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We used high-field (3T) functional magnetic resonance imaging (fMRI) to label cortical activity due to visual spatial attention, relative to flattened cortical maps of the retinotopy and visual areas from the same human subjects. In the main task, the visual stimulus remained constant, but covert visual spatial attention was varied in both location and(More)
Darwin regarded emotions as predispositions to act adaptively, thereby suggesting that characteristic body movements are associated with each emotional state. To this date, investigations of emotional cognition have predominantly concentrated on processes associated with viewing facial expressions. However, expressive body movements may be just as important(More)
Autism spectrum disorders (ASD) are characterized by inflexible and repetitive behaviour. Response monitoring involves evaluating the consequences of behaviour and making adjustments to optimize outcomes. Deficiencies in this function, and abnormalities in the anterior cingulate cortex (ACC) on which it relies, have been reported as contributing factors to(More)
Darwin's evolutionary approach to organisms' emotional states attributes a prominent role to expressions of emotion in whole-body actions. Researchers in social psychology [1,2] and human development [3] have long emphasized the fact that emotional states are expressed through body movement, but cognitive neuroscientists have almost exclusively considered(More)
Autism spectrum disorder (ASD) is a neurodevelopmental disorder associated with impaired social and emotional skills, the anatomical substrate of which is still unknown. In this study, we compared a group of 14 high-functioning ASD adults with a group of controls matched for sex, age, intelligence quotient, and handedness. We used an automated technique of(More)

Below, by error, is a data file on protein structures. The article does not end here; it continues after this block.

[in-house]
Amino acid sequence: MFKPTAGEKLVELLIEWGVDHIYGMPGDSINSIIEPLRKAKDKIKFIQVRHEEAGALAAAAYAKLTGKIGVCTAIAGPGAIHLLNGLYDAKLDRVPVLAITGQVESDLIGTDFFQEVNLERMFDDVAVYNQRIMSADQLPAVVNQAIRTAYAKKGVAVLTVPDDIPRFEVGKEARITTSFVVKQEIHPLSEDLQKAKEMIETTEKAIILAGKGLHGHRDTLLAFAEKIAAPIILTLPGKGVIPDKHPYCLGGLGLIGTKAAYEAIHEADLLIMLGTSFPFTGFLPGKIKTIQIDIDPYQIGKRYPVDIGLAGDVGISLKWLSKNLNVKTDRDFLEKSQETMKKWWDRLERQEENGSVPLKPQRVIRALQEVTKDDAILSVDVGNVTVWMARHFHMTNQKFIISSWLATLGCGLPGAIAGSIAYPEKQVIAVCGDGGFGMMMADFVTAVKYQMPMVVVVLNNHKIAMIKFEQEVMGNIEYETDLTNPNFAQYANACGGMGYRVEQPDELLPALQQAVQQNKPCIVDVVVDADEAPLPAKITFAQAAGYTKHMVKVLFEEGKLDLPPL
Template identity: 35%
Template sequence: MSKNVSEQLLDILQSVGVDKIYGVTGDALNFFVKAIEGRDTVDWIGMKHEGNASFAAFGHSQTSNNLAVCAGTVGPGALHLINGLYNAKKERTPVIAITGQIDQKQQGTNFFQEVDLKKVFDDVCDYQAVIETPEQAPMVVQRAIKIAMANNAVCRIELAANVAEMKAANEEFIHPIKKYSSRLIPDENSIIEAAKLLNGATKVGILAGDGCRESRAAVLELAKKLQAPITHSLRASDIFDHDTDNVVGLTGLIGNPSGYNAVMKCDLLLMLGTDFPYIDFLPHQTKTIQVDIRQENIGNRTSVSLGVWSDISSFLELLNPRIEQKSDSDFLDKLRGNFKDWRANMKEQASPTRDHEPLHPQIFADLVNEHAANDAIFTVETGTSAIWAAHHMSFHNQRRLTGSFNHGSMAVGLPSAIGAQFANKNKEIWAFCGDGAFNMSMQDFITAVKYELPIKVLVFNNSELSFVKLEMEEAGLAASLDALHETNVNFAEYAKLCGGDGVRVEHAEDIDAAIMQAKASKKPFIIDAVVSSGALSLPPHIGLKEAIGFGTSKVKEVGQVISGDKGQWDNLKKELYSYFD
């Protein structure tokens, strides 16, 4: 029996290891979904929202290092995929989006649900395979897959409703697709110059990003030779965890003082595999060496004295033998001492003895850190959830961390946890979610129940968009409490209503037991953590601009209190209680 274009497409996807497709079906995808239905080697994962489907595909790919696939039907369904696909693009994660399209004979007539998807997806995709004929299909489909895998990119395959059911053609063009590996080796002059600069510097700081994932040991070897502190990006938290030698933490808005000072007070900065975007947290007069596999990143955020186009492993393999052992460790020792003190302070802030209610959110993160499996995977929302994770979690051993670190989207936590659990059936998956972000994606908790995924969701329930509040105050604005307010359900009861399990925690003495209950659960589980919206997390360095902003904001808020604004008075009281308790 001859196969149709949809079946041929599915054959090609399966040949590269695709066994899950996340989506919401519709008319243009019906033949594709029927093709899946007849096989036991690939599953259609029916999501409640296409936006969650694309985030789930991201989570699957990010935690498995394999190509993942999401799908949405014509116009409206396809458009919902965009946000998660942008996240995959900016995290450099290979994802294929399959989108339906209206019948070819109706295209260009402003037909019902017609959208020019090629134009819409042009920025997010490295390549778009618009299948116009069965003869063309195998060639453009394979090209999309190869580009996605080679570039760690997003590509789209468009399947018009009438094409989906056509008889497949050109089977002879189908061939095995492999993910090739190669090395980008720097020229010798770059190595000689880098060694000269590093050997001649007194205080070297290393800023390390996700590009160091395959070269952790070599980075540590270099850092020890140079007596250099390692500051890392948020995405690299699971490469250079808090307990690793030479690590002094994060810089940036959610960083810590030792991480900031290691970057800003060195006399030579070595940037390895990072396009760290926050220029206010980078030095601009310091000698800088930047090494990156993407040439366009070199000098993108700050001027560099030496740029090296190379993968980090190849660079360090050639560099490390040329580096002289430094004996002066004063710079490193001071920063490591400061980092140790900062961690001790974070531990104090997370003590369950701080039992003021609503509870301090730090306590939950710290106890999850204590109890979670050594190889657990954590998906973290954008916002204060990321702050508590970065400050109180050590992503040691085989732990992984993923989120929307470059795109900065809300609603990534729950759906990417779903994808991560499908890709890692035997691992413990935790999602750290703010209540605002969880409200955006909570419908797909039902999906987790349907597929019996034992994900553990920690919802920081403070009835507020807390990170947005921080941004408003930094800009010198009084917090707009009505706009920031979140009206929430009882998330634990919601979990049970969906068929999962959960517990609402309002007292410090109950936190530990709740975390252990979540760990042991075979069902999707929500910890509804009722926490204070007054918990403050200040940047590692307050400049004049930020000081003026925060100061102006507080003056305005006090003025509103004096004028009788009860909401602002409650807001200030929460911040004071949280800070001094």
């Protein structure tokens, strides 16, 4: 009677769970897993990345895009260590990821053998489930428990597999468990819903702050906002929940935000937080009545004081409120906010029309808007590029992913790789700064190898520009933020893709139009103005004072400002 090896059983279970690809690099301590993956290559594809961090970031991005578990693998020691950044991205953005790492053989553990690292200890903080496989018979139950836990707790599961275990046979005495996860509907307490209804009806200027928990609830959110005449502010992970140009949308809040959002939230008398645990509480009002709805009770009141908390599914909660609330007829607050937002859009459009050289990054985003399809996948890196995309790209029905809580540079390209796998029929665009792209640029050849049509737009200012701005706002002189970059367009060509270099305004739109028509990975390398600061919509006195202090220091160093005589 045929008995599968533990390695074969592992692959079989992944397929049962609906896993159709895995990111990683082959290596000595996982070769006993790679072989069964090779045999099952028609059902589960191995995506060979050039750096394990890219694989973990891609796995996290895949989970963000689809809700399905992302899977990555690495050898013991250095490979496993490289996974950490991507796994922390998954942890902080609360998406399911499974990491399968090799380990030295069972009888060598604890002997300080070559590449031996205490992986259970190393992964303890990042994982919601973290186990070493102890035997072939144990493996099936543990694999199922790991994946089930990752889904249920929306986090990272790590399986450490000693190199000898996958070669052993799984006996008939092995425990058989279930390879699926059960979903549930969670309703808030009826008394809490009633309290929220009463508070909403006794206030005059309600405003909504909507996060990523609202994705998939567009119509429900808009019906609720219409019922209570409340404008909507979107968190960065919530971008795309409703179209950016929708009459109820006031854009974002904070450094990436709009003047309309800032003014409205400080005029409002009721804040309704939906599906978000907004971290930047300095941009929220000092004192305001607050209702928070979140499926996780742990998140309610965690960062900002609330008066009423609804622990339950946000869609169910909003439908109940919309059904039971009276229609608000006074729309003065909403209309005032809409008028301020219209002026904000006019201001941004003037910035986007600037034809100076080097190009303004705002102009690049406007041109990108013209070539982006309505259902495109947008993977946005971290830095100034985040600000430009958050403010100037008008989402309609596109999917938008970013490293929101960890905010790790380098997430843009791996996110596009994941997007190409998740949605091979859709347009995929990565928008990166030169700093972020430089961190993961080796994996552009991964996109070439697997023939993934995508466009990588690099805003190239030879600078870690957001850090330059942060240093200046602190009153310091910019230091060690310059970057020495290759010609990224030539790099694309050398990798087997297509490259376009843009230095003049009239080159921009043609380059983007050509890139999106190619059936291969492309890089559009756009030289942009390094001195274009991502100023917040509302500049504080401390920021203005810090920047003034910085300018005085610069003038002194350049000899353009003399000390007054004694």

ASD involves a fundamental impairment in processing social-communicative information from faces. Several recent studies have challenged earlier findings that individuals with autism spectrum disorder (ASD) have no activation of the fusiform gyrus (fusiform face area, FFA) when viewing faces. In this study, we examined activation to faces in the broader(More)
Facial expression and direction of gaze are two important sources of social information, and what message each conveys may ultimately depend on how the respective information interacts in the eye of the perceiver. Direct gaze signals an interaction with the observer but averted gaze amounts to "pointing with the eyes", and in combination with a fearful(More)
We examined whether amygdala responses to rapidly presented fear expressions are preferentially tuned to averted vs direct gaze fear and conversely whether responses to more sustained presentations are preferentially tuned to direct vs averted gaze fear. We conducted three functional magnetic resonance imaging (fMRI) studies to test these predictions(More)
Prior imaging studies have failed to show activation of the fusiform gyrus in response to emotionally neutral faces in individuals with autism spectrum disorder (ASD) [Critchley et al., Brain 124 (2001) 2059; Schultz et al., Arch. Gen. Psychiatry 57 (2000) 331]. However, individuals with ASD do not typically exhibit the striking behavioral deficits that(More)
Brain imaging research has identified at least two regions in human extrastriate cortex responding selectively to faces. One of these is located in the mid-fusiform gyrus (FFA), the other in the inferior occipital gyrus (IOG). We studied activation of these areas using fMRI in three individuals with severely impaired face recognition (one pure developmental(More)